Professional development: learning curve15 July 2015
Professional development courses have been a mainstay of the industry for some time. But how do the main providers keep their programmes up to date, and what’s changing in the way they are disseminated?
As the two main trade associations in the audiovisual installation industry, InfoComm International and CEDIA offer a wide range of courses and qualifications. Even if you haven’t availed yourself of any of these recently, it’s hard not to be aware of them, particularly at key tradeshows such as ISE and InfoComm.
Talking to both associations, it’s clear that a major factor driving the development of their educational programmes is increasing their reach – although each association has a different set of priorities and tactics for achieving this.
Pam Taggart, director of international education at InfoComm, highlights three recent changes that, taken together, have constituted “a big sea change for us in how we’ve done training”.
First, she points to a big push towards providing training in multiple languages: “We have solid programmes in English, Spanish, Portuguese and German – and that’s a change from even two years ago.”
Second, InfoComm has made “a major investment in learning content management systems, so we can put out with more courses more quickly, responding as technology changes and knowledge needs change”.
Third, making course pricing more affordable in countries with a less developed AV market has paid dividends, she says: “We’ve had a really successful programme in India for the past year or so – working in partnership with manufacturers, who are subsidising some of the cost, we’ve gone to a different pricing scheme, charging appropriate prices to the region. That has led to extremely full classes.”
Simon Buddle, education director at CEDIA EMEA, points to three different steps that his association has taken to extend the reach of its professional development programmes.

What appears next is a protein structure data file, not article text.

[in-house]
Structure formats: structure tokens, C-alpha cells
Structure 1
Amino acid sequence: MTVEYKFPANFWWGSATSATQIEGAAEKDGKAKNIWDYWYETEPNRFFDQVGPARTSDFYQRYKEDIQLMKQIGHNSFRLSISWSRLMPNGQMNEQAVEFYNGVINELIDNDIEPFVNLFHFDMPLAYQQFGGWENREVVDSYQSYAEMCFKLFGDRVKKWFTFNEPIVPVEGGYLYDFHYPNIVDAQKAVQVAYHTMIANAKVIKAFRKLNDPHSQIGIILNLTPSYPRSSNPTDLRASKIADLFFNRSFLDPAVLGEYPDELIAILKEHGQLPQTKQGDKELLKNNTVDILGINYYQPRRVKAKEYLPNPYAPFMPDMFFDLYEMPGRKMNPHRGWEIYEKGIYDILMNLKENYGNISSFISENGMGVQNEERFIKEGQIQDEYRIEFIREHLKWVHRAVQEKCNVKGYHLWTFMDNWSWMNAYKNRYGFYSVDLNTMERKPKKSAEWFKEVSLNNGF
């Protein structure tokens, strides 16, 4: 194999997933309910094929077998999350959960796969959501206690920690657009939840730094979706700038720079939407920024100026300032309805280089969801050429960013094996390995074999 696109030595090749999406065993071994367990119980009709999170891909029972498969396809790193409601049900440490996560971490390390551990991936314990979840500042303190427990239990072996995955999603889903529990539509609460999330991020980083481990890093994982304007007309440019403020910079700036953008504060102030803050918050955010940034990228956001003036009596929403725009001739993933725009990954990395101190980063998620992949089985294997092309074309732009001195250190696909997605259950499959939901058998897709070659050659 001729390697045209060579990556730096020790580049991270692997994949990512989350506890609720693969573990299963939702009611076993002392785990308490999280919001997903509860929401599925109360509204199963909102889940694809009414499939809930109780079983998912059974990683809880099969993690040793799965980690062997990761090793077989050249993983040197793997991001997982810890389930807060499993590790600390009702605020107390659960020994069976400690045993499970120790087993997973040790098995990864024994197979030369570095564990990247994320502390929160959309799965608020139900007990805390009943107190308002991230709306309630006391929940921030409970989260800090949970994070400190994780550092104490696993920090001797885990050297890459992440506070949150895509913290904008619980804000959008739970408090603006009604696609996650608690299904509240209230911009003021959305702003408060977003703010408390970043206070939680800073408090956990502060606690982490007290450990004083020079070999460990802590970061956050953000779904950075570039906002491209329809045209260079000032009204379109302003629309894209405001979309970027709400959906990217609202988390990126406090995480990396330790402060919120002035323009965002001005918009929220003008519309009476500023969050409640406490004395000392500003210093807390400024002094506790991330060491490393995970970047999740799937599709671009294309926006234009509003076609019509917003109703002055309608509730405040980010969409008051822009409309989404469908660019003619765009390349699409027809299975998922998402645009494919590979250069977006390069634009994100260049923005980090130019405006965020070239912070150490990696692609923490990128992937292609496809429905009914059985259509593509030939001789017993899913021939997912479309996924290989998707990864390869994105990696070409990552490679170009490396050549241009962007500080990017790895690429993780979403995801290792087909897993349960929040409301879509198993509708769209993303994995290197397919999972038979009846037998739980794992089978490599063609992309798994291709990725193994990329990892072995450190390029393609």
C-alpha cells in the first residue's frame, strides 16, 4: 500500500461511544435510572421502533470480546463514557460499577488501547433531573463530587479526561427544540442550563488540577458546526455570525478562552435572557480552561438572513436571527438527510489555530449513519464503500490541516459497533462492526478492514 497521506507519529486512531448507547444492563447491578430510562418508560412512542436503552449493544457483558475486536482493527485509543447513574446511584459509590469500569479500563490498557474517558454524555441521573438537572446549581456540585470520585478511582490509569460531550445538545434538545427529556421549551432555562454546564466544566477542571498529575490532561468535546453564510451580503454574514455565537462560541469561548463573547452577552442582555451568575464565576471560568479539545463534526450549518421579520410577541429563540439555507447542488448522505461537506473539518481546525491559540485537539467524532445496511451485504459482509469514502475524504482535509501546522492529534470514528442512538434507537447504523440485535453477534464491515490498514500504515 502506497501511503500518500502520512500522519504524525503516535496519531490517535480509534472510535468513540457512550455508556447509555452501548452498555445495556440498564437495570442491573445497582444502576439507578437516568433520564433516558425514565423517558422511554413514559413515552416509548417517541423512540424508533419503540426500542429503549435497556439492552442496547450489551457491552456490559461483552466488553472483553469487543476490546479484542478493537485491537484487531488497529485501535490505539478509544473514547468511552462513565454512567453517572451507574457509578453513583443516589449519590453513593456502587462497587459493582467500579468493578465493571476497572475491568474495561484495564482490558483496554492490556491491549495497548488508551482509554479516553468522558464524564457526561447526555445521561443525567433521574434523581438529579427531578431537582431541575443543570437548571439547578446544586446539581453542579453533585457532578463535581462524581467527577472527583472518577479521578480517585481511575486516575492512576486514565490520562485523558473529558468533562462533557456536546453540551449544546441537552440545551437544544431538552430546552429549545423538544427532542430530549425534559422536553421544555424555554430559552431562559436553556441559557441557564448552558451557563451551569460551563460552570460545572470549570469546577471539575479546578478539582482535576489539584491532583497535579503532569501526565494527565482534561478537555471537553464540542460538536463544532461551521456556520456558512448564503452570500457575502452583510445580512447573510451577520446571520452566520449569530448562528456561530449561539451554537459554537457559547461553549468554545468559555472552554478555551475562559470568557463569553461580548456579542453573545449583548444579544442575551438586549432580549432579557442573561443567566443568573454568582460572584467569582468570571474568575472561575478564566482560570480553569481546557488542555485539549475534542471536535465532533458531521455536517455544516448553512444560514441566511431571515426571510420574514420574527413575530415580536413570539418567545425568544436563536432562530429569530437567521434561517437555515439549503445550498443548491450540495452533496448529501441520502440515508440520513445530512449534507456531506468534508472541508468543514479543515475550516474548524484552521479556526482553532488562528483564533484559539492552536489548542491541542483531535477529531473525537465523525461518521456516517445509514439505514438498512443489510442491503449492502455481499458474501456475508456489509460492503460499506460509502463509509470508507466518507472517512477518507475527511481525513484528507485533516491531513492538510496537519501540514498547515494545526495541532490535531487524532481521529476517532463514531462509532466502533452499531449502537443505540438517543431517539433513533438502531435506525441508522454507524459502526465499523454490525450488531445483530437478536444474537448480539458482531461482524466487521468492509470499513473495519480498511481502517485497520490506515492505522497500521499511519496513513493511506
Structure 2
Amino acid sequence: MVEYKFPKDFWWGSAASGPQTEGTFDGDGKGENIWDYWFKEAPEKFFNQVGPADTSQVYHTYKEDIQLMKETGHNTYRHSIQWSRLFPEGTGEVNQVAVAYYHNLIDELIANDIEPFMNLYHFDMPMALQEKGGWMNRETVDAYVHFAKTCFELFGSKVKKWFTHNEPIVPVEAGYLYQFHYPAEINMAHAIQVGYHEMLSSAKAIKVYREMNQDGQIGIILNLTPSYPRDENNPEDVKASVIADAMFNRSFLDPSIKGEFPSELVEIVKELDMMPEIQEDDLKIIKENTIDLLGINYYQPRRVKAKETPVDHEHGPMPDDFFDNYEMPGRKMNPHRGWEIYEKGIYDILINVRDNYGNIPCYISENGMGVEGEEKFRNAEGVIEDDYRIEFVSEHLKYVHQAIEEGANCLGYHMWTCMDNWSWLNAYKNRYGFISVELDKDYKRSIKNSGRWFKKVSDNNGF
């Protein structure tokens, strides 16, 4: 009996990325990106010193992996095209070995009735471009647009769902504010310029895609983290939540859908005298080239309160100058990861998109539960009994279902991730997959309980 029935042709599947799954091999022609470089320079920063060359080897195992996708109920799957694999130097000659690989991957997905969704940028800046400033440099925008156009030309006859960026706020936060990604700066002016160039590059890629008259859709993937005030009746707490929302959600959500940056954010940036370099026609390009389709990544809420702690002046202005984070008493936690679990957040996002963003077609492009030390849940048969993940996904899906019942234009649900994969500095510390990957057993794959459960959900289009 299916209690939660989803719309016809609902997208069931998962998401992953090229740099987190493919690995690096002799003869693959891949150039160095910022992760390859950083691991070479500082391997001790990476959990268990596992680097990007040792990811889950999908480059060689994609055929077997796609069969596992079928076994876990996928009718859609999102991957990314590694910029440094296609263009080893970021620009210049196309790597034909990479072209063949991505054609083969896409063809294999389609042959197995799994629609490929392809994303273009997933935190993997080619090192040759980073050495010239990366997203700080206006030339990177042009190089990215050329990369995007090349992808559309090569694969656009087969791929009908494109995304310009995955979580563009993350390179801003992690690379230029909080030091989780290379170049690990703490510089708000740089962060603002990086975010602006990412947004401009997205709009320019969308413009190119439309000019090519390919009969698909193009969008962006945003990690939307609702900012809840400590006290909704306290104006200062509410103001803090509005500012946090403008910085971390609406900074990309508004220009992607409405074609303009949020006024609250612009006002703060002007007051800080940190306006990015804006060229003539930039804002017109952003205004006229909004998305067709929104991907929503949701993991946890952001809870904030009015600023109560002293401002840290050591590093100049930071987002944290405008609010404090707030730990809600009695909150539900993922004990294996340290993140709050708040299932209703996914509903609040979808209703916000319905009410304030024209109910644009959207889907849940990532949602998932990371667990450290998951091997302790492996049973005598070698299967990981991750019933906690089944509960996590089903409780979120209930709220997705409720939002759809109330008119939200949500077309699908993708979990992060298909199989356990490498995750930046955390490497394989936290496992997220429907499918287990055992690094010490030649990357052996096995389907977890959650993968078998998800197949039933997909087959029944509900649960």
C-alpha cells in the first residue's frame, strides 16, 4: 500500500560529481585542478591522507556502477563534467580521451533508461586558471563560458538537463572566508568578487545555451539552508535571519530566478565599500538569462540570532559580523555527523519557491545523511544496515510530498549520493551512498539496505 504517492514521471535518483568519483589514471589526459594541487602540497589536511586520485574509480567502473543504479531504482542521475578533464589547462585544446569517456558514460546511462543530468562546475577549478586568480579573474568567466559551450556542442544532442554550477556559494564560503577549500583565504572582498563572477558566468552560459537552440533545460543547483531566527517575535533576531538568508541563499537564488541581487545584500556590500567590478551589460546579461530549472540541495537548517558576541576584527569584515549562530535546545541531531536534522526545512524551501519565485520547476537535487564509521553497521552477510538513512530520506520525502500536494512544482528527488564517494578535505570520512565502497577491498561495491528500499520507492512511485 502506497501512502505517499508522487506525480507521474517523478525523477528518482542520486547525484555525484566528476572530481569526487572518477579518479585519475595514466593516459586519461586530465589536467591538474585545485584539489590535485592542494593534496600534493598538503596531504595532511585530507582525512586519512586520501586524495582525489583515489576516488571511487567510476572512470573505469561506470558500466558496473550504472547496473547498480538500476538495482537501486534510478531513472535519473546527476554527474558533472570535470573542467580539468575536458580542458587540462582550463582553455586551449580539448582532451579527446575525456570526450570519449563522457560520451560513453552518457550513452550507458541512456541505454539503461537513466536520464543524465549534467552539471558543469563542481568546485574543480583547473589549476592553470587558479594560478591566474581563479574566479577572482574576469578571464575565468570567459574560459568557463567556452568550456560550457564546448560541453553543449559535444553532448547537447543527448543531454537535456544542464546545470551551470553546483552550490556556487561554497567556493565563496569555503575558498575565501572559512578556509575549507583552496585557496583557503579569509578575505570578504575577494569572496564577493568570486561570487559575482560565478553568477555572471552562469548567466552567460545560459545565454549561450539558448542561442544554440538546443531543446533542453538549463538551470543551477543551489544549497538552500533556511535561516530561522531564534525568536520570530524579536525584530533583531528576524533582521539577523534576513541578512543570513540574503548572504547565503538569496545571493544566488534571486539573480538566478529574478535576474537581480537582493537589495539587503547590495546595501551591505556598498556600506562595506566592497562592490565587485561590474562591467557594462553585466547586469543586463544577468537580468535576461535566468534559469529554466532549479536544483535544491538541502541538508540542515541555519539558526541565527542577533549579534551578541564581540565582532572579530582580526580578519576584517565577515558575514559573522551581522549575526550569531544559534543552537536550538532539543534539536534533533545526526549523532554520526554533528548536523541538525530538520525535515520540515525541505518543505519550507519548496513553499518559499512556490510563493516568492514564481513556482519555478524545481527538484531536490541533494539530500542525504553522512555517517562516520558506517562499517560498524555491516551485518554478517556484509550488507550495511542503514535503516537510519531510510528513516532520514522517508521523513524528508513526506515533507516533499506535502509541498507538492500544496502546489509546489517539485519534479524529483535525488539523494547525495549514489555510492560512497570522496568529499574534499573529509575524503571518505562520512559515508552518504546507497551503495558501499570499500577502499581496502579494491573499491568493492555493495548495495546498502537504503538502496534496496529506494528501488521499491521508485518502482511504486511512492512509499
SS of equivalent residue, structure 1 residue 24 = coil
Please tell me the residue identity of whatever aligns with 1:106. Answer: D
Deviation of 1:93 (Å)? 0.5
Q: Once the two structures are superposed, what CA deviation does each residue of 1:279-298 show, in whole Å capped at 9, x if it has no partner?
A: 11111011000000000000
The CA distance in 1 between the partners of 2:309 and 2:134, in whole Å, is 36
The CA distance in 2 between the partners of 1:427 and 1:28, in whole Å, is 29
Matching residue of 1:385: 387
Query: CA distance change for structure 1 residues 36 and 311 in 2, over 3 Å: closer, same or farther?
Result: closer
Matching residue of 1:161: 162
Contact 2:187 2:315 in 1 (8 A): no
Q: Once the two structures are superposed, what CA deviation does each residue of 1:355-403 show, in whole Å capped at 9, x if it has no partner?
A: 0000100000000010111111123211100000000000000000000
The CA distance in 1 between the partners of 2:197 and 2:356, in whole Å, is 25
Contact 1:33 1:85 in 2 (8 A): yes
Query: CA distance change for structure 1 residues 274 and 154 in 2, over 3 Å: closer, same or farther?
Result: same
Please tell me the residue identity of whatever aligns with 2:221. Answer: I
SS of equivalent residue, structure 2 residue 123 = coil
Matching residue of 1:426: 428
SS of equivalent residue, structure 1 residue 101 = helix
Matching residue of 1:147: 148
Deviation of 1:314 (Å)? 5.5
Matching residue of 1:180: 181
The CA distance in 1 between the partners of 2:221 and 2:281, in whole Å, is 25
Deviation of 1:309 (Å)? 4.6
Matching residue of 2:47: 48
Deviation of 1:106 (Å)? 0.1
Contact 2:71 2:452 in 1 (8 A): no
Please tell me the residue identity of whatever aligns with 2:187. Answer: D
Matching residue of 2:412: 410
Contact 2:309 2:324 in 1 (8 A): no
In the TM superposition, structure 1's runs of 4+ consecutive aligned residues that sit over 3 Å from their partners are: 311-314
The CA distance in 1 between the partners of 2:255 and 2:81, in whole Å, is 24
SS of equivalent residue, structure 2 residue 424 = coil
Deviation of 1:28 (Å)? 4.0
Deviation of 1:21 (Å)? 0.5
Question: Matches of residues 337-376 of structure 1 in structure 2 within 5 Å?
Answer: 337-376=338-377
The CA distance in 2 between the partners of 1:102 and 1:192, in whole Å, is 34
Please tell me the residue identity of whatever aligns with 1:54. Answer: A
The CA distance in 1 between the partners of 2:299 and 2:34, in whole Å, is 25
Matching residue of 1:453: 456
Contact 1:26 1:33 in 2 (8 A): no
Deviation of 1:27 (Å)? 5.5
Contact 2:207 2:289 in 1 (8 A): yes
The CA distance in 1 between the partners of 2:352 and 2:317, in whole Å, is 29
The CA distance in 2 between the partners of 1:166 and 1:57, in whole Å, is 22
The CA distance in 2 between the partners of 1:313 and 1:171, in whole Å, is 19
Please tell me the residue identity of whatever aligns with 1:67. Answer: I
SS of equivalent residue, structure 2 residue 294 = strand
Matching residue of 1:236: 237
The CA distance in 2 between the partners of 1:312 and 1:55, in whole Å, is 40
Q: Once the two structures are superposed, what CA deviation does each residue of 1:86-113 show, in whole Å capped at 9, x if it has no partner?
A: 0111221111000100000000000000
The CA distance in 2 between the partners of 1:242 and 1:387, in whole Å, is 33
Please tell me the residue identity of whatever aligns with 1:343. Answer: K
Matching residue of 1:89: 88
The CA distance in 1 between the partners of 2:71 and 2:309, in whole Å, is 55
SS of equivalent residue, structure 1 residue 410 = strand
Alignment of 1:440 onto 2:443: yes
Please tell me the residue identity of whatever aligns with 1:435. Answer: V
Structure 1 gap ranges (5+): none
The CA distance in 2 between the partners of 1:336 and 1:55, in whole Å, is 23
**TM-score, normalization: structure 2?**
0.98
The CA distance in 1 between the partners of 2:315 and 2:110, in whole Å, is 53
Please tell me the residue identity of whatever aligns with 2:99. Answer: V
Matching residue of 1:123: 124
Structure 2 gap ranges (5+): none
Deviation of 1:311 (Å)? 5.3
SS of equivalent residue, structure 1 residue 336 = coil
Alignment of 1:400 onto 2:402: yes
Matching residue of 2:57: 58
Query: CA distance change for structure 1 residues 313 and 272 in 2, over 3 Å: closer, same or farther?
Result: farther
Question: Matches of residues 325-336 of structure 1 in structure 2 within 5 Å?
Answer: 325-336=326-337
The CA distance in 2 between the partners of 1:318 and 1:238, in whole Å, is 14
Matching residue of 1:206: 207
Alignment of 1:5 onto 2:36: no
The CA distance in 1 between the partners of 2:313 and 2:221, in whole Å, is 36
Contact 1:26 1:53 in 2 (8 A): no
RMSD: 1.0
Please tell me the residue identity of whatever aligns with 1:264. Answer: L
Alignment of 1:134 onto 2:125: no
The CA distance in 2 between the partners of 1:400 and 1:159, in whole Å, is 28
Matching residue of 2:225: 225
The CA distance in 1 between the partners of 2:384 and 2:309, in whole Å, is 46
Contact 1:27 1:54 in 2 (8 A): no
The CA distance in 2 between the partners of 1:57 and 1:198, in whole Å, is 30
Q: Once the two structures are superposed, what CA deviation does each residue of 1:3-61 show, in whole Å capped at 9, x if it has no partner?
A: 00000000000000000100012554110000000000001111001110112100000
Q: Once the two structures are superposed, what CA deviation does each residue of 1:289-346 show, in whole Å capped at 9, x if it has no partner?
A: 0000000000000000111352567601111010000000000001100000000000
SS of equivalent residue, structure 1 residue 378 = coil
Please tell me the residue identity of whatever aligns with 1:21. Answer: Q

The first has been establishing a core curriculum of courses that are scheduled throughout the year. “In years gone by it was more reactive,” he explains, “responding to what people say they want. Now we have a curriculum – pitched at all sorts of levels – set in stone throughout the year, which gives people the security of knowing that those courses are there and they can get on them.”
The result, he says, has been a rise over the past 12 months in the number of people taking courses at CEDIA’s St Neots HQ.
The second change has been to provide training at other training establishments. “One key bottleneck is the number of trainers available to deliver our content – so we’re going out to companies that can offer training for themselves, and using their classrooms and training their instructors to deliver CEDIA training,” he continues. “This has been a huge success during trials over the past nine months.”
And then there’s an increasing amount of online training provision – primarily from CEDIA in the US. “As people become busier, it’s another opportunity for them to take training without making the commitment to travel anywhere. They are between one- and three-hour courses, and of course you can pause them and return to them a day or so later.”
Bill Thomas, education programs director at InfoComm, sees similar benefits: “The nice thing about online training is the reach. Everyone’s busy in their jobs, and particularly with people lower down in the organisation, their company may not be ready to invest in them travelling to an on-site class.
“For instance, with installation training, we have a really robust set of three online courses that cover pretty much the same territory as a three-day class, but you can take them at your own pace, your own motivation level.
“We’re finding more ways to make online learning more interactive and engaging. We’re trying to make it an immersive environment where there are challenges that learners have to keep meeting: small chunks of video, tests and simulations. These sorts of thing are important to raise the uptake of online learning among people who aren’t visual learners.”
Taggart points out that producing an online installation course not only removes the venue and instructorcosts , but also the costs of obtaining and transporting the equipment to be worked on. “Animations have improved in recent years, and we’ve been able to incorporate them into our online training. That’s enabled us to train a lot more people in an interactive way without incurring that cost of gear, which would have to be passed on to the learners.”